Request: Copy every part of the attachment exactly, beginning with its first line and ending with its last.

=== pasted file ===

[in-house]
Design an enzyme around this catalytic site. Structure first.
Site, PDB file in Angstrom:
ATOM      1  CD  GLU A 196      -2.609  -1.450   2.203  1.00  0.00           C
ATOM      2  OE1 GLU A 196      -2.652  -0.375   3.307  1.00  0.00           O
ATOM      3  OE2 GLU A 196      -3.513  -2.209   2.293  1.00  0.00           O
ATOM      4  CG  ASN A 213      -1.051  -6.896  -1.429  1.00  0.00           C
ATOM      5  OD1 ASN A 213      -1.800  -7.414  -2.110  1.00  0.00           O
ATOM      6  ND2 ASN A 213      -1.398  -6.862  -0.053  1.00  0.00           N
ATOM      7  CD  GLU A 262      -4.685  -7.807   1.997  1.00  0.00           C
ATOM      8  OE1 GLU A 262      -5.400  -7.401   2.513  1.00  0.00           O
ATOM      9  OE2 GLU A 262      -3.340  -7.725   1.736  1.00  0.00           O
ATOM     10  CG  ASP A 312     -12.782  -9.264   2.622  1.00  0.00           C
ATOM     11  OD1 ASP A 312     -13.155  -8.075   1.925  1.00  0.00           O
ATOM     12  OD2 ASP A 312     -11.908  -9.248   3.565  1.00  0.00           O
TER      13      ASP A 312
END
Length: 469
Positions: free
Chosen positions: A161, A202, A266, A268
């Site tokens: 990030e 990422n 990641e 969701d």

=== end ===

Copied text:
[in-house]
Design an enzyme around this catalytic site. Structure first.
Site, PDB file in Angstrom:
ATOM      1  CD  GLU A 196      -2.609  -1.450   2.203  1.00  0.00           C
ATOM      2  OE1 GLU A 196      -2.652  -0.375   3.307  1.00  0.00           O
ATOM      3  OE2 GLU A 196      -3.513  -2.209   2.293  1.00  0.00           O
ATOM      4  CG  ASN A 213      -1.051  -6.896  -1.429  1.00  0.00           C
ATOM      5  OD1 ASN A 213      -1.800  -7.414  -2.110  1.00  0.00           O
ATOM      6  ND2 ASN A 213      -1.398  -6.862  -0.053  1.00  0.00           N
ATOM      7  CD  GLU A 262      -4.685  -7.807   1.997  1.00  0.00           C
ATOM      8  OE1 GLU A 262      -5.400  -7.401   2.513  1.00  0.00           O
ATOM      9  OE2 GLU A 262      -3.340  -7.725   1.736  1.00  0.00           O
ATOM     10  CG  ASP A 312     -12.782  -9.264   2.622  1.00  0.00           C
ATOM     11  OD1 ASP A 312     -13.155  -8.075   1.925  1.00  0.00           O
ATOM     12  OD2 ASP A 312     -11.908  -9.248   3.565  1.00  0.00           O
TER      13      ASP A 312
END
Length: 469
Positions: free
Chosen positions: A161, A202, A266, A268
């Site tokens: 990030e 990422n 990641e 969701d």